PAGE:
Health and Safety CONFERENCE

04-BLUE-02
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Fail-Safe Compressed Air Cleaning

Simon Worland
Caltex

Dr Dave Collins and James Forsyth
Synergetics Consulting Engineers

Use of compressed air to clean electrical equipment is a routine maintenance task in heavy mining equipment (HME) across the Queensland Mining Industry. During cleaning elevated levels of harmful dust can engulf the compressed air cleaning operator for extended periods and increase the risk of developing lung diseases including pneumoconiosis and silicosis.

In 2017 the Queensland Mines Inspectorate (Department of Natural Resources, Mines and Energy, 2018) reported that approximately 50% of all respirable dust and Respirable Crystalline Silica (RCS) exceedances in surface coal mines were directly related to the use of compressed air for compressed air cleaning of equipment prior to maintenance.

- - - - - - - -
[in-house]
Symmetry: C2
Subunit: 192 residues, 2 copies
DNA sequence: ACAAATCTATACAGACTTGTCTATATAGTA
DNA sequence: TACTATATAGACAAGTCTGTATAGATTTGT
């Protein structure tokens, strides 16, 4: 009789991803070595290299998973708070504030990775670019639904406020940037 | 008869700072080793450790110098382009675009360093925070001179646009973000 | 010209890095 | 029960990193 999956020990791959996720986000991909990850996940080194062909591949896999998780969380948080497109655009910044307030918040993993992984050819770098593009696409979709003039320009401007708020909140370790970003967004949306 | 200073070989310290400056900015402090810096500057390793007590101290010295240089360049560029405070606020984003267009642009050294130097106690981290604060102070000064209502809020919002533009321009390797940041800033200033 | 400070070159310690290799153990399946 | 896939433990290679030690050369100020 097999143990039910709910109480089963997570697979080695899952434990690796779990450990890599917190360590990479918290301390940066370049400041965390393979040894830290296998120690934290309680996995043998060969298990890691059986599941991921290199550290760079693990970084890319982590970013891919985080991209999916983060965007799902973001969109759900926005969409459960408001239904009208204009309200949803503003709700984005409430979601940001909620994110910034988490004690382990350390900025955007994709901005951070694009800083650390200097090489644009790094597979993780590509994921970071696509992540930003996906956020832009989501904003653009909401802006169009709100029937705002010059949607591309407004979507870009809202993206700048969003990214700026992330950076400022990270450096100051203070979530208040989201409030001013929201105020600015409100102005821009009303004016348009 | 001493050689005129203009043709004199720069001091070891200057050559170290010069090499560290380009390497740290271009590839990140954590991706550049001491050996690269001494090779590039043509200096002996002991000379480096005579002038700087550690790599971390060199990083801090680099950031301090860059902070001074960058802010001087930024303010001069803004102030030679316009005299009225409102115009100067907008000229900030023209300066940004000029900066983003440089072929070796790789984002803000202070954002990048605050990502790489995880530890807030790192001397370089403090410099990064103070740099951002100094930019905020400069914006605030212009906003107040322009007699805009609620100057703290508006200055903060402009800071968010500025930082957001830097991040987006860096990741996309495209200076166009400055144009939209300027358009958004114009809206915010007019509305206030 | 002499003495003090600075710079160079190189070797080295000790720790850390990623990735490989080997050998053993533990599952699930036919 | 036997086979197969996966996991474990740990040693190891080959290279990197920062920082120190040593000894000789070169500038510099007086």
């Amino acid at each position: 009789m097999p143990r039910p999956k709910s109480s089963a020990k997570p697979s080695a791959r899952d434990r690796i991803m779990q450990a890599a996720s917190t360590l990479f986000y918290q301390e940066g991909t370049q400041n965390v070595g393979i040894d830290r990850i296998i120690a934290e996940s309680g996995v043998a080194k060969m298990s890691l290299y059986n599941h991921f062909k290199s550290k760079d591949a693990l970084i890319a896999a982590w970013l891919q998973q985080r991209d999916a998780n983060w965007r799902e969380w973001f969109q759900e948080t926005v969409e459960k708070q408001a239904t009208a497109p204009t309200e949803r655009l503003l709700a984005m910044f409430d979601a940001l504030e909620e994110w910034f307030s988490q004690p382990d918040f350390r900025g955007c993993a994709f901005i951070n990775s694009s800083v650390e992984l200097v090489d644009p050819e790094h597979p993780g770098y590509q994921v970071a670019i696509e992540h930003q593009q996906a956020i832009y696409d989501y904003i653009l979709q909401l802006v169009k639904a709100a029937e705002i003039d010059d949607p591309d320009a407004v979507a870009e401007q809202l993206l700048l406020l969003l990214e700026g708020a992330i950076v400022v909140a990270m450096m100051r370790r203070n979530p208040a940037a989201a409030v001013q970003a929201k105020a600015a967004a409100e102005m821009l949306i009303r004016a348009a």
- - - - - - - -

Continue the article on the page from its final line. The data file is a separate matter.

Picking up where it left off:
Respiratory protection has historically been viewed as the primary control to protect the health of compressed air cleaning operators, as higher order controls such as engineering controls have not been considered feasible.

The principal of applying engineering controls for compressed air cleaning of haul truck electrical cabinets was reported and demonstrated at the Queensland Mining Industry Health and Safety Conference in 2018 (Worland, Stream, Brett and Collins). Here the electrical cabinets were converted into full enclosures under negative pressure resulting in a physical barrier between the worker and the dust generating compressed air cleaning task.

This paper describes the further development and field testing of engineering controls over the intervening 12 months. Safe compressed air cleaning has now been demonstrated for a broad range of HME including trucks, excavators, dragline MG sets and stationary equipment. The controls incorporate continuous monitoring of airborne particulate with feedback systems to shutdown compressed air and demonstrate that safe compressed air cleaning is achievable.